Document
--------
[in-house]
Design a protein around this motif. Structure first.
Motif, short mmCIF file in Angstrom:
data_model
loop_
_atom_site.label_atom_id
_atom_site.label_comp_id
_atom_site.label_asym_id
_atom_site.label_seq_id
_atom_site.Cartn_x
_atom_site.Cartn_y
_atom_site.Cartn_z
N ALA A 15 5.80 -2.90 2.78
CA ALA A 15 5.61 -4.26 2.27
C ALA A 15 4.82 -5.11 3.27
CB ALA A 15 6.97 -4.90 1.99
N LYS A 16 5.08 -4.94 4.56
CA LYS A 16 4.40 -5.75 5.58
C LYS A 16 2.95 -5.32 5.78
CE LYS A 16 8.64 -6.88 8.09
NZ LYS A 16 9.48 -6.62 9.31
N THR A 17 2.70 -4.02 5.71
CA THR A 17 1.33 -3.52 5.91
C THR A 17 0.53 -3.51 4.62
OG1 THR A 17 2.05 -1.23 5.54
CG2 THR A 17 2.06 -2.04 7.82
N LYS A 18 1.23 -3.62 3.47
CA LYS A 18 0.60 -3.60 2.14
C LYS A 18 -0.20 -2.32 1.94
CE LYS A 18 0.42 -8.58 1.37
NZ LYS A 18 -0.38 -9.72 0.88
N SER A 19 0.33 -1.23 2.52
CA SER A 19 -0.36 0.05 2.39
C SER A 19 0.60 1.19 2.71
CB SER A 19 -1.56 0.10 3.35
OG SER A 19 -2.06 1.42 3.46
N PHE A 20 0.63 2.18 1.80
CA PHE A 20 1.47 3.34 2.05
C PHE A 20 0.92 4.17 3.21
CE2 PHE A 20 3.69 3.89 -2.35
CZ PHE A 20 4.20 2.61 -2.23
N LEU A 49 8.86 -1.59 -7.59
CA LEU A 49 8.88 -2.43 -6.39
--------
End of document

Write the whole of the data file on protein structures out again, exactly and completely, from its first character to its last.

[in-house]
Design a protein around this motif. Structure first.
Motif, short mmCIF file in Angstrom:
data_model
loop_
_atom_site.label_atom_id
_atom_site.label_comp_id
_atom_site.label_asym_id
_atom_site.label_seq_id
_atom_site.Cartn_x
_atom_site.Cartn_y
_atom_site.Cartn_z
N ALA A 15 5.80 -2.90 2.78
CA ALA A 15 5.61 -4.26 2.27
C ALA A 15 4.82 -5.11 3.27
CB ALA A 15 6.97 -4.90 1.99
N LYS A 16 5.08 -4.94 4.56
CA LYS A 16 4.40 -5.75 5.58
C LYS A 16 2.95 -5.32 5.78
CE LYS A 16 8.64 -6.88 8.09
NZ LYS A 16 9.48 -6.62 9.31
N THR A 17 2.70 -4.02 5.71
CA THR A 17 1.33 -3.52 5.91
C THR A 17 0.53 -3.51 4.62
OG1 THR A 17 2.05 -1.23 5.54
CG2 THR A 17 2.06 -2.04 7.82
N LYS A 18 1.23 -3.62 3.47
CA LYS A 18 0.60 -3.60 2.14
C LYS A 18 -0.20 -2.32 1.94
CE LYS A 18 0.42 -8.58 1.37
NZ LYS A 18 -0.38 -9.72 0.88
N SER A 19 0.33 -1.23 2.52
CA SER A 19 -0.36 0.05 2.39
C SER A 19 0.60 1.19 2.71
CB SER A 19 -1.56 0.10 3.35
OG SER A 19 -2.06 1.42 3.46
N PHE A 20 0.63 2.18 1.80
CA PHE A 20 1.47 3.34 2.05
C PHE A 20 0.92 4.17 3.21
CE2 PHE A 20 3.69 3.89 -2.35
CZ PHE A 20 4.20 2.61 -2.23
N LEU A 49 8.86 -1.59 -7.59
CA LEU A 49 8.88 -2.43 -6.39